So You Bought a Lemon, Now What?
It is likely the last thing the owner of a brand new car expects: investing time and money in multiple repairs. Fortunately, the California new car lemon law protects owners of new vehicles with a “lemon law buyback” or voluntary vehicle replacement if a defective vehicle is determined to be a lemon. But, how do you know when a vehicle is a lemon?
Below, Jiffy Lube of Southern California lists the factors that impact whether or not a vehicle can be considered a lemon under the California lemon law.
- Purchase place/use: the vehicle must have been purchased in California for personal, family, or business use.
- Warranty: the vehicle must have been sold with an original manufacturer’s warranty.
- Type/timing of defect: problem(s) with a vehicle that impair its “use, value, or safety” and occur during the first 18 months or 18,000 miles of ownership.
- Delayed repairs: a single auto repair that takes more than 30 days unless the circumstances are beyond the manufacturer’s control.
- Number of repair attempts: defects that are not repaired within a “reasonable number of attempts,” depending upon the defect.
To improve your vehicle’s chances of qualifying as a lemon, it is important to keep records of auto repairs including the time lost from work, length of time the vehicle has spent in the repair shop, and the type of vehicle defect(s).
If your vehicle qualifies as a lemon based on the above criteria, take the steps below to obtain compensation:
- Mail a certified letter to your vehicle’s manufacturer asking it to buy back your car. Look in your vehicle owner’s manual or manufacturer warranty to find the address and remember to request a return receipt.
- Consult an attorney with lemon law expertise.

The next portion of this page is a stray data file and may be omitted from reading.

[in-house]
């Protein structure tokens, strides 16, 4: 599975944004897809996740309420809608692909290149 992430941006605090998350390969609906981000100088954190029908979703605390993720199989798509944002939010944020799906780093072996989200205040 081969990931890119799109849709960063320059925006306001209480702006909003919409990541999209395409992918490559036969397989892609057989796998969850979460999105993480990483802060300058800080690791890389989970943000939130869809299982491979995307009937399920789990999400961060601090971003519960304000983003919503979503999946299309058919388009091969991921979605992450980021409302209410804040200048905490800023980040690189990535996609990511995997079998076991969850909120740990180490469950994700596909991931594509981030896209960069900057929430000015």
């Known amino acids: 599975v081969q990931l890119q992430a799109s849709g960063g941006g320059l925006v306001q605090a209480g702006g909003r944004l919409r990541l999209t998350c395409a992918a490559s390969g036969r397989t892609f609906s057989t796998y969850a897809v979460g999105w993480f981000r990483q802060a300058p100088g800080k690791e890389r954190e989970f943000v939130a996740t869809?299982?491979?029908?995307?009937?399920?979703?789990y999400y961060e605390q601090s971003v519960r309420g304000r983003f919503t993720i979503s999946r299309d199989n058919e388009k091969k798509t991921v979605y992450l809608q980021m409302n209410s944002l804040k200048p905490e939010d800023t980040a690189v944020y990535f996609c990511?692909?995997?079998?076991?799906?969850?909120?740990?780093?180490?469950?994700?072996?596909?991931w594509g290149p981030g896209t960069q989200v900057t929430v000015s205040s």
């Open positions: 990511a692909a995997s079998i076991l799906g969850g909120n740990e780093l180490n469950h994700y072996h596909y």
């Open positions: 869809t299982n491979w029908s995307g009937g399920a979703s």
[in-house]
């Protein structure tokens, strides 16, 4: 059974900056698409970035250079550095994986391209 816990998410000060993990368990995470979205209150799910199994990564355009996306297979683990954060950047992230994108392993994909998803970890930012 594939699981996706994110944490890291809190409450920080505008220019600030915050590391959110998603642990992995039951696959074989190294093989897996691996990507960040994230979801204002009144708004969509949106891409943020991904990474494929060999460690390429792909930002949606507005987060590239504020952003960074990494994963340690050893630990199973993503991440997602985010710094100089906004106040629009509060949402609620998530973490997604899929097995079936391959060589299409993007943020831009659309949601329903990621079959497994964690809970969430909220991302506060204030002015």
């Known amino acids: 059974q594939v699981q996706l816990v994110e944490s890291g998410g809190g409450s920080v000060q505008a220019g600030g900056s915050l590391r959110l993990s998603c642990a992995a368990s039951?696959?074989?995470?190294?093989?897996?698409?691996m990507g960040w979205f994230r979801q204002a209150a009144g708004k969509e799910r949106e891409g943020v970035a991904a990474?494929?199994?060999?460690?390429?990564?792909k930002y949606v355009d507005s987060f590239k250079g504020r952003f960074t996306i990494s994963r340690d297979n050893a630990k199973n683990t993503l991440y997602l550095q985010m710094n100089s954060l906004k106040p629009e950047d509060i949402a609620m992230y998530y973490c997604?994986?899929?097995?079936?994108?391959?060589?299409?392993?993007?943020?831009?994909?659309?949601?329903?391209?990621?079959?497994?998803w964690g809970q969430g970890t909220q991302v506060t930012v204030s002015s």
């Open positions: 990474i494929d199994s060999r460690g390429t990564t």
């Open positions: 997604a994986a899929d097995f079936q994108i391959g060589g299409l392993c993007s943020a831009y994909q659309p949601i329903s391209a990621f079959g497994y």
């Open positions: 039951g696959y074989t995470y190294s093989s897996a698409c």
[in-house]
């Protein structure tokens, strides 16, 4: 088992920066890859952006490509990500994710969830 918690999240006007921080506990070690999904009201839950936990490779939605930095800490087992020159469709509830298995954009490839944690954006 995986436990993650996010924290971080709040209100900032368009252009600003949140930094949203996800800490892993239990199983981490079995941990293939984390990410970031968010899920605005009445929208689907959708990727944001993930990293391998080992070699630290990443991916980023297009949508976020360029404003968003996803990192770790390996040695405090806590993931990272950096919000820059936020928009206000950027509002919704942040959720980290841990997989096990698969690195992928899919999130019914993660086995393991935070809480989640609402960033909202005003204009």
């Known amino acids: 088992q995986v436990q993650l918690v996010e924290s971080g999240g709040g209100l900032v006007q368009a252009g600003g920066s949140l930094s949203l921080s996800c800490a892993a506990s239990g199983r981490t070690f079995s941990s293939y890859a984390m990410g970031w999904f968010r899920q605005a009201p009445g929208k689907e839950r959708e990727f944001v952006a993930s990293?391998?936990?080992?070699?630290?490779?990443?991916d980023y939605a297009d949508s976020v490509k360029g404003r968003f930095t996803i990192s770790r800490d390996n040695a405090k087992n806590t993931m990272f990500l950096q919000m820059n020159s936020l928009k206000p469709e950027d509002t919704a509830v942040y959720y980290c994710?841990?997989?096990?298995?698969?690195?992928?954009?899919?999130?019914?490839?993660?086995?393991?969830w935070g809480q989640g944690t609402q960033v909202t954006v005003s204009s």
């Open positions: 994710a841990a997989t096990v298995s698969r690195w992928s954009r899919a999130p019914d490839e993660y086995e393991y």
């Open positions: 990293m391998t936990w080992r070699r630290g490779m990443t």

- Ask for a free arbitration hearing from the manufacturer. Call the California Bureau of Automotive Repair Hotline (800) 952-5210 to request an application and a copy of the manufacturer’s arbitration program regulations.
- Attend the arbitration hearing in person to accept or reject the arbitration panel’s ruling. If unsatisfied with the results, you have the option of filing a law suit against the manufacturer.
Receiving compensation for a vehicle that turns out to be a lemon is a justifiable deal if you have in fact gotten a vehicle that isn’t delivering on its manufacturer’s commitments. We hope that the above information can help you determine whether or not your new vehicle purchase is a lemon, and give you a course of action if you indeed have. To do your part to minimize the risk of vehicle problems and repairs, we encourage you to schedule regular vehicle maintenance like our Jiffy Lube Signature Service® Oil Change. Keeping your vehicle in good running condition is a sure way to prevent your car to become a lemon down the road. Stay tuned for our upcoming article about dealing with having purchased a used vehicle lemon.
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